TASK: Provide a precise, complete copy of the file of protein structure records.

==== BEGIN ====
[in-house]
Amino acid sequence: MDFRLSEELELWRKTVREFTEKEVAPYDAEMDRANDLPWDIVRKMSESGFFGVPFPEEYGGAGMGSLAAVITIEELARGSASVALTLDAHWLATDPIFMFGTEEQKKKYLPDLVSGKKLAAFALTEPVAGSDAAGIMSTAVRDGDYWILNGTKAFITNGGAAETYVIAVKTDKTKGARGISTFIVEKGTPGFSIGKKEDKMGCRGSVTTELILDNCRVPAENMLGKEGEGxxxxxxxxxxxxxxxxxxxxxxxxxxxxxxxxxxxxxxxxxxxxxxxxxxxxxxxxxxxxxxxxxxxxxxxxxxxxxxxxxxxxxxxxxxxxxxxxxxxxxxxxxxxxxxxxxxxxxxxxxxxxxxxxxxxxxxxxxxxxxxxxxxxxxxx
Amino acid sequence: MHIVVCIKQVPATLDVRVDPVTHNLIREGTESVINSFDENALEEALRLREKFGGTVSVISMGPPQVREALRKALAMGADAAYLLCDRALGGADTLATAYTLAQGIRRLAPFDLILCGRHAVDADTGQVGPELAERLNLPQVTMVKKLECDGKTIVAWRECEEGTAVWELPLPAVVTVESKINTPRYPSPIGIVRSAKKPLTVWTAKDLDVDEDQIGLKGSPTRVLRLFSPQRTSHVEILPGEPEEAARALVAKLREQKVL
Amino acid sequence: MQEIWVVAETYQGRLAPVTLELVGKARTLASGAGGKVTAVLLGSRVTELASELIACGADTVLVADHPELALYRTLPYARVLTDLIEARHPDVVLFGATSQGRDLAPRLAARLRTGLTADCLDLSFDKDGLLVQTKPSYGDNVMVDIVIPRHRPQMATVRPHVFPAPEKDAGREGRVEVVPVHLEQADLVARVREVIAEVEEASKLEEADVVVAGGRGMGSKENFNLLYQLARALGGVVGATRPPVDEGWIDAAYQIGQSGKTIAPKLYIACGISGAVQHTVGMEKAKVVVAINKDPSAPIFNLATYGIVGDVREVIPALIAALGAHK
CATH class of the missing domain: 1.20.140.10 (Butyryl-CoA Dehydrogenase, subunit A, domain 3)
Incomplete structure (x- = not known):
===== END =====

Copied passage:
[in-house]
Amino acid sequence: MDFRLSEELELWRKTVREFTEKEVAPYDAEMDRANDLPWDIVRKMSESGFFGVPFPEEYGGAGMGSLAAVITIEELARGSASVALTLDAHWLATDPIFMFGTEEQKKKYLPDLVSGKKLAAFALTEPVAGSDAAGIMSTAVRDGDYWILNGTKAFITNGGAAETYVIAVKTDKTKGARGISTFIVEKGTPGFSIGKKEDKMGCRGSVTTELILDNCRVPAENMLGKEGEGxxxxxxxxxxxxxxxxxxxxxxxxxxxxxxxxxxxxxxxxxxxxxxxxxxxxxxxxxxxxxxxxxxxxxxxxxxxxxxxxxxxxxxxxxxxxxxxxxxxxxxxxxxxxxxxxxxxxxxxxxxxxxxxxxxxxxxxxxxxxxxxxxxxxxxx
Amino acid sequence: MHIVVCIKQVPATLDVRVDPVTHNLIREGTESVINSFDENALEEALRLREKFGGTVSVISMGPPQVREALRKALAMGADAAYLLCDRALGGADTLATAYTLAQGIRRLAPFDLILCGRHAVDADTGQVGPELAERLNLPQVTMVKKLECDGKTIVAWRECEEGTAVWELPLPAVVTVESKINTPRYPSPIGIVRSAKKPLTVWTAKDLDVDEDQIGLKGSPTRVLRLFSPQRTSHVEILPGEPEEAARALVAKLREQKVL
Amino acid sequence: MQEIWVVAETYQGRLAPVTLELVGKARTLASGAGGKVTAVLLGSRVTELASELIACGADTVLVADHPELALYRTLPYARVLTDLIEARHPDVVLFGATSQGRDLAPRLAARLRTGLTADCLDLSFDKDGLLVQTKPSYGDNVMVDIVIPRHRPQMATVRPHVFPAPEKDAGREGRVEVVPVHLEQADLVARVREVIAEVEEASKLEEADVVVAGGRGMGSKENFNLLYQLARALGGVVGATRPPVDEGWIDAAYQIGQSGKTIAPKLYIACGISGAVQHTVGMEKAKVVVAINKDPSAPIFNLATYGIVGDVREVIPALIAALGAHK
CATH class of the missing domain: 1.20.140.10 (Butyryl-CoA Dehydrogenase, subunit A, domain 3)
Incomplete structure (x- = not known):